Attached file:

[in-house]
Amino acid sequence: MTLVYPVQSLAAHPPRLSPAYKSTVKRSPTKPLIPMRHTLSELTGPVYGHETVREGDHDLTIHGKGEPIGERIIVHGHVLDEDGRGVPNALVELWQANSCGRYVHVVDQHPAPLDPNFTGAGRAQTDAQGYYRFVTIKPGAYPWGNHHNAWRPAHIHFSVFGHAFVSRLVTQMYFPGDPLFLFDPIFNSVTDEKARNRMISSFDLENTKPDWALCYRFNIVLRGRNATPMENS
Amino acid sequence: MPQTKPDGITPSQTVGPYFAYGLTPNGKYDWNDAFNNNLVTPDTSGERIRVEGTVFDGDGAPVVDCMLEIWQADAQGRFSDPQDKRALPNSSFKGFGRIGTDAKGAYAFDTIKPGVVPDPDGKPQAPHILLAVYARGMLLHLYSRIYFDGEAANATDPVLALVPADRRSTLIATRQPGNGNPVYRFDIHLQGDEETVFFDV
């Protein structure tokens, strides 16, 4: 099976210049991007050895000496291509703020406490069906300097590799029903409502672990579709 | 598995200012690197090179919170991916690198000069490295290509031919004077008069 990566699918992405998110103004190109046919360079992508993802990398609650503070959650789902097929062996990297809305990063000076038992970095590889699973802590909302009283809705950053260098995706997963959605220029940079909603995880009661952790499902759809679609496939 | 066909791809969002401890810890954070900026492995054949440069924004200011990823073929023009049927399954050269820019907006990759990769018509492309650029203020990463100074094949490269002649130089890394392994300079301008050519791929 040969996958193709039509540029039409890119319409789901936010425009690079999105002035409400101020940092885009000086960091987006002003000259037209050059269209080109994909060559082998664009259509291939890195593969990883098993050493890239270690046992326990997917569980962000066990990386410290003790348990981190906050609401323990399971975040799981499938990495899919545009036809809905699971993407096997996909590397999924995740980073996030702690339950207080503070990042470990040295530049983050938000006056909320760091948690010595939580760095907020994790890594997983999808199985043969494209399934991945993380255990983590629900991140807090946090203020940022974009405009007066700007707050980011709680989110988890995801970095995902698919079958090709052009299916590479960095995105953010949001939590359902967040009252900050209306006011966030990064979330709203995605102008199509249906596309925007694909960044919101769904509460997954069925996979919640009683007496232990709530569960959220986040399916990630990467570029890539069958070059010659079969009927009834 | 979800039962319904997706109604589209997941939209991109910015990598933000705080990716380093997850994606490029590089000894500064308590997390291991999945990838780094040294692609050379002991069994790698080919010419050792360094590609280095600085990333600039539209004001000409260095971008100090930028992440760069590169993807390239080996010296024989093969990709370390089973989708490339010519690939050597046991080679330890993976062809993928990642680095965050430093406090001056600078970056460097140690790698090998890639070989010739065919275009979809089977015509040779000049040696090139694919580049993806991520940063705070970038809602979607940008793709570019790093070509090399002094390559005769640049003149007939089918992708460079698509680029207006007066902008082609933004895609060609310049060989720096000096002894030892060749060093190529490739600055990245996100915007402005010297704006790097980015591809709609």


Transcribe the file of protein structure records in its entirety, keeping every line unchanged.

[in-house]
Amino acid sequence: MTLVYPVQSLAAHPPRLSPAYKSTVKRSPTKPLIPMRHTLSELTGPVYGHETVREGDHDLTIHGKGEPIGERIIVHGHVLDEDGRGVPNALVELWQANSCGRYVHVVDQHPAPLDPNFTGAGRAQTDAQGYYRFVTIKPGAYPWGNHHNAWRPAHIHFSVFGHAFVSRLVTQMYFPGDPLFLFDPIFNSVTDEKARNRMISSFDLENTKPDWALCYRFNIVLRGRNATPMENS
Amino acid sequence: MPQTKPDGITPSQTVGPYFAYGLTPNGKYDWNDAFNNNLVTPDTSGERIRVEGTVFDGDGAPVVDCMLEIWQADAQGRFSDPQDKRALPNSSFKGFGRIGTDAKGAYAFDTIKPGVVPDPDGKPQAPHILLAVYARGMLLHLYSRIYFDGEAANATDPVLALVPADRRSTLIATRQPGNGNPVYRFDIHLQGDEETVFFDV
């Protein structure tokens, strides 16, 4: 099976210049991007050895000496291509703020406490069906300097590799029903409502672990579709 | 598995200012690197090179919170991916690198000069490295290509031919004077008069 990566699918992405998110103004190109046919360079992508993802990398609650503070959650789902097929062996990297809305990063000076038992970095590889699973802590909302009283809705950053260098995706997963959605220029940079909603995880009661952790499902759809679609496939 | 066909791809969002401890810890954070900026492995054949440069924004200011990823073929023009049927399954050269820019907006990759990769018509492309650029203020990463100074094949490269002649130089890394392994300079301008050519791929 040969996958193709039509540029039409890119319409789901936010425009690079999105002035409400101020940092885009000086960091987006002003000259037209050059269209080109994909060559082998664009259509291939890195593969990883098993050493890239270690046992326990997917569980962000066990990386410290003790348990981190906050609401323990399971975040799981499938990495899919545009036809809905699971993407096997996909590397999924995740980073996030702690339950207080503070990042470990040295530049983050938000006056909320760091948690010595939580760095907020994790890594997983999808199985043969494209399934991945993380255990983590629900991140807090946090203020940022974009405009007066700007707050980011709680989110988890995801970095995902698919079958090709052009299916590479960095995105953010949001939590359902967040009252900050209306006011966030990064979330709203995605102008199509249906596309925007694909960044919101769904509460997954069925996979919640009683007496232990709530569960959220986040399916990630990467570029890539069958070059010659079969009927009834 | 979800039962319904997706109604589209997941939209991109910015990598933000705080990716380093997850994606490029590089000894500064308590997390291991999945990838780094040294692609050379002991069994790698080919010419050792360094590609280095600085990333600039539209004001000409260095971008100090930028992440760069590169993807390239080996010296024989093969990709370390089973989708490339010519690939050597046991080679330890993976062809993928990642680095965050430093406090001056600078970056460097140690790698090998890639070989010739065919275009979809089977015509040779000049040696090139694919580049993806991520940063705070970038809602979607940008793709570019790093070509090399002094390559005769640049003149007939089918992708460079698509680029207006007066902008082609933004895609060609310049060989720096000096002894030892060749060093190529490739600055990245996100915007402005010297704006790097980015591809709609």